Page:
Our Hui Li, PhD, and his collaborators have discovered the gene that causes glioblastoma, a key step toward developing new and better treatments for this deadly brain tumor.
Professor Li said this oncogene (a cancer-causing gene) could be glioblastoma’s “Achilles’ heel” because the tumor cells need it to survive. Blocking the gene’s activity in lab mice eradicated the cancer cells but didn’t affect normal cells. (We all have this gene, called AVIL. It normally helps our cells keep their size and shape, but it goes awry in glioblastoma and helps the cancer form and spread.)
“AVIL is overexpressed in 100% of glioblastoma cells and clinical samples, and is expressed at even higher level in so-called glioblastoma stem cells, but hardly expressed in normal cells and tissues,” Professor Li said. “Silencing the gene wiped out glioblastoma cells in culture and prevented animal xenografts, while having no effect on normal control cells. Clinically, high AVIL expression correlates with worse patient outcome. These findings and classic transformation assays proved AVIL being a bona fide oncogene.”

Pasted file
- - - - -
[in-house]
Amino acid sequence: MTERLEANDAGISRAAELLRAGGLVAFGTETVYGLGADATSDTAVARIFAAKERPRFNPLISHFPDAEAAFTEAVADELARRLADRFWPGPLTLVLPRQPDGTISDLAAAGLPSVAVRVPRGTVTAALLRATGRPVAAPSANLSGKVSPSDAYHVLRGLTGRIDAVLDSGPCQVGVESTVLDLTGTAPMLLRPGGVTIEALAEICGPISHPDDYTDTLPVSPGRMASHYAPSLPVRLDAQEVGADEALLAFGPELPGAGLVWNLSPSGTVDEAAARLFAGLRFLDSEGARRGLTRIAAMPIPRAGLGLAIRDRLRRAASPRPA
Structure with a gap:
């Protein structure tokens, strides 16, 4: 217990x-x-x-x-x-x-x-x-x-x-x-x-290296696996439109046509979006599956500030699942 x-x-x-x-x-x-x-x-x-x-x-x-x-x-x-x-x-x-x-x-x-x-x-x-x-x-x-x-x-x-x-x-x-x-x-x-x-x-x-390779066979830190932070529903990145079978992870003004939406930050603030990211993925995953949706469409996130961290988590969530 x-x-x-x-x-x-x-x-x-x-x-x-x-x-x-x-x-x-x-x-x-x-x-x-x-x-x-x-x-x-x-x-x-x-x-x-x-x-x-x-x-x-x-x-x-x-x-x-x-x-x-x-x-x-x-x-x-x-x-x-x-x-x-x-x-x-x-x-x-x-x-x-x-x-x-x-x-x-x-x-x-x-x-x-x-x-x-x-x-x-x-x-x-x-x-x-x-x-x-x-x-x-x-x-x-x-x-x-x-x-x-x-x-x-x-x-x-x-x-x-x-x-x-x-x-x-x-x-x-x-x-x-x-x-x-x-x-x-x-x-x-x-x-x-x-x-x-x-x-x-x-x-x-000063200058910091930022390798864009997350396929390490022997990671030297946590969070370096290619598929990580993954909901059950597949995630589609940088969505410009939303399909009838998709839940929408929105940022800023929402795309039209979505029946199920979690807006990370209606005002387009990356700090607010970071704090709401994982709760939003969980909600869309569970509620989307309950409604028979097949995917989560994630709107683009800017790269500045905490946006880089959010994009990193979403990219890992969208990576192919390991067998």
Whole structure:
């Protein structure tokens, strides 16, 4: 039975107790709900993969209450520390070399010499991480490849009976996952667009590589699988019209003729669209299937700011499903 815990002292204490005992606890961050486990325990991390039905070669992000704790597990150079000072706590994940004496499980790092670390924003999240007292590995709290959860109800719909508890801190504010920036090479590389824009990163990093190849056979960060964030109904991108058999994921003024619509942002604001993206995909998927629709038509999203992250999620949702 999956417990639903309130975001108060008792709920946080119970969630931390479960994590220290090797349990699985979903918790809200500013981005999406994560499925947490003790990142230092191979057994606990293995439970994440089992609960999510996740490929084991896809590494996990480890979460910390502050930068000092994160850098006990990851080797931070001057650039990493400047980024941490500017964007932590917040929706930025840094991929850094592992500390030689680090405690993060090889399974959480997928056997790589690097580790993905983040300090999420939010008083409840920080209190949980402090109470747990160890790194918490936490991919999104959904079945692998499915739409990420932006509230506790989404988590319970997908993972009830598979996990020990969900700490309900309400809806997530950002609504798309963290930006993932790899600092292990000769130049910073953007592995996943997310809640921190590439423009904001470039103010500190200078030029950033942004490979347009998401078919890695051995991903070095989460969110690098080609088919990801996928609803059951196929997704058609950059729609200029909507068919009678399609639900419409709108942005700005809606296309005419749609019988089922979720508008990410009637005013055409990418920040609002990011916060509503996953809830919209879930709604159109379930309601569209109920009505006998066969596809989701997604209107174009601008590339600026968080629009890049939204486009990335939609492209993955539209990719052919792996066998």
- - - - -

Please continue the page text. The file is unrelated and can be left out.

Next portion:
The next step is to figure out how to target this gene. Scientists have already developed other targeted cancer treatments using this approach.
“Glioblastoma is one of the most deadly cancers. Unfortunately, there is no effective treatment option,” said Professor Li, of the UVA Cancer Center. “The novel oncogene we discovered promises to be an Achilles’ heel of glioblastoma, with its specific targeting potentially an effective approach for the treatment of the disease.”